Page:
My other new acquisition also came from Vera. When she was showing me through the house she pointed out the treadle cabinet and said she wasn’t able to take it with her. I said I’d buy it so it wasn’t in the sale. Vera decided she wanted to gift it to me as a thank you for picking her up and taking her to Mimi’s grad school group. I was NOT expecting that. I’d noticed that Vera hadn’t been there for several months. When I found out it was because she was having vertigo and was afraid to drive that far by herself in case she had an episode, I started swinging by to get her. When I broke my ankle, other people hauled me around so I’m paying it forward.

I did a little google search and discovered that this machine has no feed dogs. It is the motion of the needle that moves the fabric. Apparently it’s quite desired by machine quilters which I am not. I wanted to get someone out to do some cleaning and maintenance on the machine before I try to learn how to use it but I intended to wait awhile. Unfortunately, I wasn’t being careful enough when I opened the cabinet to take the picture and it is now stuck in the open position. It looks like the chain that raises and lowers the machine jumped its track and I forgot to pull the belt out of the way before completely raising the machine so it’s stuck between the machine surround and the side of the cabinet. Sigh. I didn’t want to push too hard and break something so, for now, it’s staying open. Now I need to track down someone to work on it sooner rather than later. There is a company in Baltimore that sells industrial machines that used to have someone who worked on treadles in the home. I hope they still do.

Snowmen Will Melt Your Heart: January

January 1, 2019

I’ve have not been good in the past at documenting my quilts. There’s no better time to start doing a better job than January 1st.

One of the projects I selected for 2019 is Snowmen Will Melt Your Heart by Curtis Boehringer. I’m doing it as twelve wall hangings rather than a quilt with 12 blocks. What really attracted me to the pattern was the borders on the wall hangings. Linda came over this afternoon to sew. I chose fabrics and started prepping the pieces.

Here’s January:

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The pattern shows it done in black, white and grey. Mine will be more colorful. January is drab enough.

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These are my background fabrics. The bottom is for the center and the top five are for the borders.

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The snowmen fabrics. The bottom two are for the center snowmen. The top four are for the borders. White on white doesn’t show up well in photos, so from left to right a sort of crackle looking print, a print with little dots, a cat print and a Y2K print.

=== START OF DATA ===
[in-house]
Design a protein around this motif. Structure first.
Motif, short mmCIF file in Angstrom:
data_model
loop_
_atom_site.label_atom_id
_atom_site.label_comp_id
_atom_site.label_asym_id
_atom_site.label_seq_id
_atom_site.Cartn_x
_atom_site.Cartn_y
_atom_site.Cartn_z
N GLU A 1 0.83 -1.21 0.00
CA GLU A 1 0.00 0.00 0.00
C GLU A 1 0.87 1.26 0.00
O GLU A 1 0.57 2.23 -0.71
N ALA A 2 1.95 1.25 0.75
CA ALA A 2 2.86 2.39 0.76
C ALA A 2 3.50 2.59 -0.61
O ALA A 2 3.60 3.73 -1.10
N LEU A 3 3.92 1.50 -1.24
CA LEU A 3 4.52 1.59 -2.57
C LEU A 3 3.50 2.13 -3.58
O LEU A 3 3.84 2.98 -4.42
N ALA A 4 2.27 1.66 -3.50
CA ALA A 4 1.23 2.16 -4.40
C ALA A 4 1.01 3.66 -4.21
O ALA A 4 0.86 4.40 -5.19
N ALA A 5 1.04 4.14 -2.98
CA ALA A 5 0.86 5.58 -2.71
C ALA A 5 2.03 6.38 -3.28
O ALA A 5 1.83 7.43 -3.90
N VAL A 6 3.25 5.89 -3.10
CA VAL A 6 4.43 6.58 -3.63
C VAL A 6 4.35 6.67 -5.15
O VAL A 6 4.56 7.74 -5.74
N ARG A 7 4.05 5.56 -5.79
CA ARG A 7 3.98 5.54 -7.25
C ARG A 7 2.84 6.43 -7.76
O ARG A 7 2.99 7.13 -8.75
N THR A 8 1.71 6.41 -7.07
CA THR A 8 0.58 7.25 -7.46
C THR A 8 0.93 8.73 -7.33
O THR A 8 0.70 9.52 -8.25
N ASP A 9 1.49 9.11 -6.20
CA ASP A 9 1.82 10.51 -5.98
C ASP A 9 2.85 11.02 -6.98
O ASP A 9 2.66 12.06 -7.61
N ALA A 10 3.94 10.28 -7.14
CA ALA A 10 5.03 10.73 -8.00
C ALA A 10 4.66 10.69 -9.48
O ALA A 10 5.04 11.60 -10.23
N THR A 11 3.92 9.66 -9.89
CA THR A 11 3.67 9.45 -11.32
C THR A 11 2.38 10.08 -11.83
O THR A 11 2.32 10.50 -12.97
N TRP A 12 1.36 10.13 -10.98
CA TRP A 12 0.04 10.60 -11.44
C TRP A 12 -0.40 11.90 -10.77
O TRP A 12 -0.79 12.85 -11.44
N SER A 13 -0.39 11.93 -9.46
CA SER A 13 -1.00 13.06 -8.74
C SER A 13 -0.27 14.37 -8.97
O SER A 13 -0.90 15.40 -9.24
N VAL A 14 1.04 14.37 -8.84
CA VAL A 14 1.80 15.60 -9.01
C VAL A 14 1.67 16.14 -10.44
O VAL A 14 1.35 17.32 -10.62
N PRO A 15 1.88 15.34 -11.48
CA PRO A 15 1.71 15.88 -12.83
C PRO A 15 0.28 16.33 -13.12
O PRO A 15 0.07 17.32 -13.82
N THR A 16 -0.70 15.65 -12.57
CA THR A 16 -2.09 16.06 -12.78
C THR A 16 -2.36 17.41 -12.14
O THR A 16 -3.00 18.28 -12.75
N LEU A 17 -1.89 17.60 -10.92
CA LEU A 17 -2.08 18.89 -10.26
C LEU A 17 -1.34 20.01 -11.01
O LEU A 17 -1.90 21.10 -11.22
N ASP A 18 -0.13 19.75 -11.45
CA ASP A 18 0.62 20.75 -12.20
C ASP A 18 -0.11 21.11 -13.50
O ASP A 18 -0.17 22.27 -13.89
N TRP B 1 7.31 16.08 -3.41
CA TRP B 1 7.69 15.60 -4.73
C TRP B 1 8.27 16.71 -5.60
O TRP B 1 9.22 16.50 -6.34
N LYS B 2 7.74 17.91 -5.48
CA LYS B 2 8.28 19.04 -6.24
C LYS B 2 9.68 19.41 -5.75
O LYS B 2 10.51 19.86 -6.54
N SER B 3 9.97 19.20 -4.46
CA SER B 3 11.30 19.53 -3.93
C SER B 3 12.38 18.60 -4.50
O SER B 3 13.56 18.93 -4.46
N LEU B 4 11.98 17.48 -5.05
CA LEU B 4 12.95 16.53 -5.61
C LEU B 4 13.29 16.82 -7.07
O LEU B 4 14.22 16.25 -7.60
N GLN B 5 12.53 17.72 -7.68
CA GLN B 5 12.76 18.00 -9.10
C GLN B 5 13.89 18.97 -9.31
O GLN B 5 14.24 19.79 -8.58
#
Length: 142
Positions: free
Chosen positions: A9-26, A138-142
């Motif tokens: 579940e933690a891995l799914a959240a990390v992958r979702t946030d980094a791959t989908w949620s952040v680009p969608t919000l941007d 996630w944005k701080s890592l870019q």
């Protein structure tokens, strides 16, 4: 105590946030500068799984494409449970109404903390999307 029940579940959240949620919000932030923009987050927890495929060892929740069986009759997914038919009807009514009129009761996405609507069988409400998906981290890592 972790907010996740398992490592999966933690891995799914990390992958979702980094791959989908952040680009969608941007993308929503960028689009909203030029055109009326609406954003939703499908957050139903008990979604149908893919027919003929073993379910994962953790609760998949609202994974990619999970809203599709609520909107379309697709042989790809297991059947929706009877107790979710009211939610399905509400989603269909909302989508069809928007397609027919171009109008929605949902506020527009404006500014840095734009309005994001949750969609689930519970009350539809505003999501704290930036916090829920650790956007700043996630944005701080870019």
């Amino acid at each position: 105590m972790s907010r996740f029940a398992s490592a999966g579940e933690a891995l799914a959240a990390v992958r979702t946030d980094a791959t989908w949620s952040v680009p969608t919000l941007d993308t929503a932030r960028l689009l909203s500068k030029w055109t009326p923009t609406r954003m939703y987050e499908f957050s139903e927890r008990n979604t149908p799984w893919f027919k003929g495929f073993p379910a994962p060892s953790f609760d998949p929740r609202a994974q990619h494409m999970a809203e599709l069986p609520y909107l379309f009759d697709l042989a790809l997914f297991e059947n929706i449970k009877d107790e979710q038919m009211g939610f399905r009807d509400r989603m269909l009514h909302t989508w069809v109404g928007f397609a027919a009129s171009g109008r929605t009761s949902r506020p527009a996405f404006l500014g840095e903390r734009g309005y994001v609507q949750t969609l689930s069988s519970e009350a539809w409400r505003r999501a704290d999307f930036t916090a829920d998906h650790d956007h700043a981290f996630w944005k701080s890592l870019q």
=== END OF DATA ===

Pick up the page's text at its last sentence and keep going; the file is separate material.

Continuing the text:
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From left to right: the coal pieces, hats (this fabric is sparkly), arms on the large snowman, carrot noses.

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The two on the bottom are for the scarf, mittens and hat for the large center snowman. The top 5 are for the border scarves.

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One of these is for the hat bands, probably the bottom one.

All of these came from my stash. It’s days like this when I don’t feel bad about having an extensive stash. I can’t even begin to imagine having to find that many fabrics at one time in the shops.

Two of my machines are in the shop so I can’t proceed to get to the sewing step because I need to use the machine to prep for one of the techniques I’m using. I could drag out the old Bernina but it’s a pain to set up a machine in the table only to change it out a short time later. I may do that if I run out of other things to do in the meantime. My travel machine is ready to pick up but there’s no point in going until the other is ready because the shop is an hour, hour and a half away. I’m anxious to talk to the technician about the 9400. Am I crazy or does he agree that the default tension sucks? Not to mention the other issues. Hopefully it won’t wind a bobbin for him, either.

I’m also in a wait state on Good Fortune. I’ve cut clue 5 and some of clue 6. I need to cut more strips for clue 6. Clues 5-7 need to be sewn. I think clue 7 had a typo because the math didn’t make sense. Haven’t checked yet to see if she’s made a correction.